chief attraction In tho State of Washing
ton and has trebled its population in ten
years. In fact," he added, "I never heard
of anything else in tho State of Washing
Ion but tho town of Seattle."
When I'atcey told the boys the right
answer that evening they owned up that
Sleepy Ike's friend would not admit
Texas as correct although he did not
know the right answer himself. When
they showed him Patsey's answer he said
he supposed that must be It, as he could
not see what else it could be.
"Dut we've got one for you hls time, "
interrupted Billy, so as to end the matter.
'Here's something that looks to us to be
on the same lines as that one about 'It
6 times 6 are 41, what will the fourth of
30 score?' If you can do it you're a
winner, "and he handed Patsey another
little card with the pnzzle printed on it.
Of course Mr. Pantoor found it on his
desk the next morning with one of his
manikins perched on the lid of the ink
stand as if he were studying it out.
IF 1 ADOED TO
6 MADE 4. WHAT
SHOULD BE ADDED
TO 9 TO MAKE 6 7
"That does not seem to-be exactly a
sum In simple proportion," ho remarked
to nimseu as ne Degan vt run over nis
morn Inn mail, "but I think I oueht to know
the trick of it, " and he took down a pencil
ana pad ana Degan to maxe some ngurea
as if to satisfy himself that ho wai on
the right, track.
Presently he seemed well enough
satisfied with the answer to tako down
the card and write the answer on the
What was it?
THE LITTLE BEAN THAT JUMPED
OUT OF THE POT.
"Why Marjory, dear, how does It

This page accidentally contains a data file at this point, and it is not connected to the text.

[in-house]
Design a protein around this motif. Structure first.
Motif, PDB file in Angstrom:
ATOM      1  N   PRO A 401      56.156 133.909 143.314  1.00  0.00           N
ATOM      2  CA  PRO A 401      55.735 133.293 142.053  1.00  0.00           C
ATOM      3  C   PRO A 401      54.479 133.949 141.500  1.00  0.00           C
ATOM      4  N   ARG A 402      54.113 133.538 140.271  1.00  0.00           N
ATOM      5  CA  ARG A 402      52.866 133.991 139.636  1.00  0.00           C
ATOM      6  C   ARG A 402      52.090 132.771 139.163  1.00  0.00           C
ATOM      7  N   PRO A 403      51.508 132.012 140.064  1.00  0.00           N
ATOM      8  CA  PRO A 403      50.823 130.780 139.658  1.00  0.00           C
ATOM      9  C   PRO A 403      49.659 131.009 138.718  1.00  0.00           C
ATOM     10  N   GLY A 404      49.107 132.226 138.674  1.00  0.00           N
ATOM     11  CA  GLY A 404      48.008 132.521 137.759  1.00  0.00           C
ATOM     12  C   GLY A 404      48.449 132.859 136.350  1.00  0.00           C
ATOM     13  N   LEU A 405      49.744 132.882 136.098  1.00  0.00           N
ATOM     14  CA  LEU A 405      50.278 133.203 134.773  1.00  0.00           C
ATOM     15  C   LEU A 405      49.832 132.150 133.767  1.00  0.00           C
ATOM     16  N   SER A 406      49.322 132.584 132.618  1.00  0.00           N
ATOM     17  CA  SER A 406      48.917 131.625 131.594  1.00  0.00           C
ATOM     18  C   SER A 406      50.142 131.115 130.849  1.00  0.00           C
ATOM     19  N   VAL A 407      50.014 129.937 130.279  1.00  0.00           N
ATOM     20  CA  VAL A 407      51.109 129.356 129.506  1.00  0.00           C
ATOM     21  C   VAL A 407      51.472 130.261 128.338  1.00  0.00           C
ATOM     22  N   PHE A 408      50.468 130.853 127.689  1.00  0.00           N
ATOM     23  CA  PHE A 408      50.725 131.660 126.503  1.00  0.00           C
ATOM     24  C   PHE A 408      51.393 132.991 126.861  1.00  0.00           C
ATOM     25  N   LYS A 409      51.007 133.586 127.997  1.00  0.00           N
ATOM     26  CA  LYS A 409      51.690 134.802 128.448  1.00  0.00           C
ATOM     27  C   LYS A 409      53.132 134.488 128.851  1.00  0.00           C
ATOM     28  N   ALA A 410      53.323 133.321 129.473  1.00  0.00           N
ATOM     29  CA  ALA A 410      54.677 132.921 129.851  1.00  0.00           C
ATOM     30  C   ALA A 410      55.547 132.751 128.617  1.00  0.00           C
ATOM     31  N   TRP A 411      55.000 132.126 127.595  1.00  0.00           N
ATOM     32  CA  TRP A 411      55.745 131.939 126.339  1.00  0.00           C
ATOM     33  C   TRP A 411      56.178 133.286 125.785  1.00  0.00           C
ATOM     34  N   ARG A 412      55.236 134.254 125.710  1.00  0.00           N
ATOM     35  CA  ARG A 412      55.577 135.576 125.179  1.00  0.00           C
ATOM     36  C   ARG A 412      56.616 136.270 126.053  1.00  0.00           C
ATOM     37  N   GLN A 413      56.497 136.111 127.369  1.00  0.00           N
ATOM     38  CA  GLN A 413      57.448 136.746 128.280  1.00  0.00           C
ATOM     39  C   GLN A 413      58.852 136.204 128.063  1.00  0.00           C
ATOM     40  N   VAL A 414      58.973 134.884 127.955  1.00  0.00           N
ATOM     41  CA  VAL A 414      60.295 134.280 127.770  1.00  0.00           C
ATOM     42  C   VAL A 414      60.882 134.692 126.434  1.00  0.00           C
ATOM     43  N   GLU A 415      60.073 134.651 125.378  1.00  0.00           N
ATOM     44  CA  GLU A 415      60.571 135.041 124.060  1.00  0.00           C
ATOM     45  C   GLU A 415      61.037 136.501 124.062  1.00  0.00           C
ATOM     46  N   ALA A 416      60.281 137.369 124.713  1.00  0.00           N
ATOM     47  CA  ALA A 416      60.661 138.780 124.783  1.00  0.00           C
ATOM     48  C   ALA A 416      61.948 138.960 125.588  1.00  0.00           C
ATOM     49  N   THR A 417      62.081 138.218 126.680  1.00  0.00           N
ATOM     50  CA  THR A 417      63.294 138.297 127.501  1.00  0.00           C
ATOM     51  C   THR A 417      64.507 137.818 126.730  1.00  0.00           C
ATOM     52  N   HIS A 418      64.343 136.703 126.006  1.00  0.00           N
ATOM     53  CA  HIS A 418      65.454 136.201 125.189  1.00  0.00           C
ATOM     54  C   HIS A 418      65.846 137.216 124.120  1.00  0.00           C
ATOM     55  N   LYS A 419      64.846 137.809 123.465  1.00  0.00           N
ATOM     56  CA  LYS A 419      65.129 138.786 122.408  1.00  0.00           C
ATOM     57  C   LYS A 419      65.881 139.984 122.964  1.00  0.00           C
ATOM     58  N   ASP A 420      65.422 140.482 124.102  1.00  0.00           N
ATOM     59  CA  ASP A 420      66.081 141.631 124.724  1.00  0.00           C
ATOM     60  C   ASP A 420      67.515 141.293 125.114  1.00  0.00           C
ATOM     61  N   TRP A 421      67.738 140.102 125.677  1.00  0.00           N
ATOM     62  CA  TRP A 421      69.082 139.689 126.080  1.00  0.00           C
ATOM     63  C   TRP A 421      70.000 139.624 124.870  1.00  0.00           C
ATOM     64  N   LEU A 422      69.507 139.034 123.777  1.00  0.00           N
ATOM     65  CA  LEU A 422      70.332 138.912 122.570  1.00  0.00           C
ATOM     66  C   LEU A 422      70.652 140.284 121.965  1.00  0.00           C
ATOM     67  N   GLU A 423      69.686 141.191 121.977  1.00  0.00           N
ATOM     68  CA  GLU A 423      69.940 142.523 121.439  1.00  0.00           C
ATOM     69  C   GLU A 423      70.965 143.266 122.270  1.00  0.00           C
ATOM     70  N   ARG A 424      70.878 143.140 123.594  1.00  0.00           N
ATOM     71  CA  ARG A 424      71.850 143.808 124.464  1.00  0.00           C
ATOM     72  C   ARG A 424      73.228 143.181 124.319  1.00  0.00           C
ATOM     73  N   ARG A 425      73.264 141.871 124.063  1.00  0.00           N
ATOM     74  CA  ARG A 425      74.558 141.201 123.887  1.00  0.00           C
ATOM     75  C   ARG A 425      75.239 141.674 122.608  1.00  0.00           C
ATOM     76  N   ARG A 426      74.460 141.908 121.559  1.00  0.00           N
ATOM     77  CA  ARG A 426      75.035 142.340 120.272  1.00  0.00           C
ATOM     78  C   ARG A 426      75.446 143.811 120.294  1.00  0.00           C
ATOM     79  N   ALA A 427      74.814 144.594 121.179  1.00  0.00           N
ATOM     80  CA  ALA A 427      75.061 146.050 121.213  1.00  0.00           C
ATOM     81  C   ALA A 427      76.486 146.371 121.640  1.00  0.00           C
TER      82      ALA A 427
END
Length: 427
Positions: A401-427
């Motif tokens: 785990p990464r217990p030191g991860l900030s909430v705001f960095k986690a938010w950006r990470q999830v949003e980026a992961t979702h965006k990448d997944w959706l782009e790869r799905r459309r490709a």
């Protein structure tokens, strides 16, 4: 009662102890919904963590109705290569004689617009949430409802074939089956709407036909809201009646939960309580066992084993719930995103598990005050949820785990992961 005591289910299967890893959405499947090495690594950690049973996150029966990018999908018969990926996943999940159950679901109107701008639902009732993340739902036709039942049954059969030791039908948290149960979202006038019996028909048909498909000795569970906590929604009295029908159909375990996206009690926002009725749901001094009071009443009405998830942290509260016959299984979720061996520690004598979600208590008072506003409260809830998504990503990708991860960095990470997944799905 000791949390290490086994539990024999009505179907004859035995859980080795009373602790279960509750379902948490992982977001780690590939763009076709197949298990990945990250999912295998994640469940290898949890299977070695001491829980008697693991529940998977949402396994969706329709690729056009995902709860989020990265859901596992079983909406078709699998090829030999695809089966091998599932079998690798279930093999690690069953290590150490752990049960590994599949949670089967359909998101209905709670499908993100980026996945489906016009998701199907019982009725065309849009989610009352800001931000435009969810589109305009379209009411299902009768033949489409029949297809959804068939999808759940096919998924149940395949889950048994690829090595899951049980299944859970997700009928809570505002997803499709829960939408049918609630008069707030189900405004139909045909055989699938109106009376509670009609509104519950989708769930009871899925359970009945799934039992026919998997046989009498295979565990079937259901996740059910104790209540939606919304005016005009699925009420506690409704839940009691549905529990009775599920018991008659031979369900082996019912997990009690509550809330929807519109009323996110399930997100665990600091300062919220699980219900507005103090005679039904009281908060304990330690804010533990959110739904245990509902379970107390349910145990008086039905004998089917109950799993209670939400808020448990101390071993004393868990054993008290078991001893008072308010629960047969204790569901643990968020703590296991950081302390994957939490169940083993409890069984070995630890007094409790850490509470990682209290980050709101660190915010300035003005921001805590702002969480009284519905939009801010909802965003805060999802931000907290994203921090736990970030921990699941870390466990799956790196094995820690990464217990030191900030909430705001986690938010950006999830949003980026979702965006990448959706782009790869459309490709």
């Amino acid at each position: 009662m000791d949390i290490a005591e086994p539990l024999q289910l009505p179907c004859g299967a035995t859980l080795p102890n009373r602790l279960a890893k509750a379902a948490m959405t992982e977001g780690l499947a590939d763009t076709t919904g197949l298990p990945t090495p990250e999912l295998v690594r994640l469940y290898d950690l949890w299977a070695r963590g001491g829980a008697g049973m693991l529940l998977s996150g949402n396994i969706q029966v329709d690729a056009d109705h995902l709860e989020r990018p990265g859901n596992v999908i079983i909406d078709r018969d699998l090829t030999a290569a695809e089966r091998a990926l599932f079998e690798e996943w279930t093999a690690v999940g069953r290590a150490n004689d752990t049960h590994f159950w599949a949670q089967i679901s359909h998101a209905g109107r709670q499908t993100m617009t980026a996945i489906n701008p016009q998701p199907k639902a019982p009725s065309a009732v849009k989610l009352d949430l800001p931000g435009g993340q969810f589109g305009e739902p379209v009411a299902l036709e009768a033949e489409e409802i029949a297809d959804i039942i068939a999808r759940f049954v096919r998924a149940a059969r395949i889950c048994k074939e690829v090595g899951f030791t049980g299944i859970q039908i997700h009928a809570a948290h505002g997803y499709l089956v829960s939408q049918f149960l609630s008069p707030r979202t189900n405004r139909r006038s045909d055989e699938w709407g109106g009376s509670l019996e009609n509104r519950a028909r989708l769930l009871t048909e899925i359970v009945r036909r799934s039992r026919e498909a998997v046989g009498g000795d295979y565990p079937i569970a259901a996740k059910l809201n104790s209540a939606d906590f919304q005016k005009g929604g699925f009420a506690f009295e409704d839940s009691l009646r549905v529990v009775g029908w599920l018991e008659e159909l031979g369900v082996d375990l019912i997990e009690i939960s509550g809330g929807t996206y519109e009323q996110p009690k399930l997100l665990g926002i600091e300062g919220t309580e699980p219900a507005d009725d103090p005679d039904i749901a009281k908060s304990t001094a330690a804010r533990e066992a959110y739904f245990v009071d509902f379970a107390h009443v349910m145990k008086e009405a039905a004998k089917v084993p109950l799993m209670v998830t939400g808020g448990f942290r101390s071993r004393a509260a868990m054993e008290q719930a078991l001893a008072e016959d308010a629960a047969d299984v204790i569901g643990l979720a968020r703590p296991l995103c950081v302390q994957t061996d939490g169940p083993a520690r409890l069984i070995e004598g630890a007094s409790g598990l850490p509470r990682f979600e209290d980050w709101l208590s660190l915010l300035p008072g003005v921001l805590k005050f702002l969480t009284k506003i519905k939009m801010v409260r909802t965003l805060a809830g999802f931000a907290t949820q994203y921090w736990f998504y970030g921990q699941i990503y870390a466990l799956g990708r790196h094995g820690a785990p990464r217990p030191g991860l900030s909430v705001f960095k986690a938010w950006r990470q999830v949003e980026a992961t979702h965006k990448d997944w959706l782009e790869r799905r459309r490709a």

happen that you have to eat lunch by
yourself?" I Inquired on running Into
our neighbor's on an errand.
"Mama went out and took Emily with
her," said Marjory. "She left my lunch
on the table so I could get It when I got
back from school."
"I am sorry I didn't bring Dorothy,
that's my chum, back with me, 'cause
she Just loves pork and beans. Besides
I have a big bowl of Jelly." Then re
membering her manners, she added,
"Won't you have some with me. Mrs.
"No, thank you, dear," I replied, "but
I will entertain you while you are eat
lng It by telling you the story of a little
bean which Jumped out of a pot"
"Once upon a time an old woman
lived all alone In a hut In the woods.
She had been out alt the morning pick
lng up sticks for the Are, and. now feel
lng very hungry she went to the cup
board to see what she could cook for
"But alaa! the cupboard waa bare
except for a small lump of black bread
and a cupful of beans which some one
bad given her.
"'Ah, well!' she sighed, 'It Is better
than nothing,' so she proceeded to light
the fire, putting on stiavlngs and wood.
"But one stick fell to the floor and
hid away out of the old woman's sight.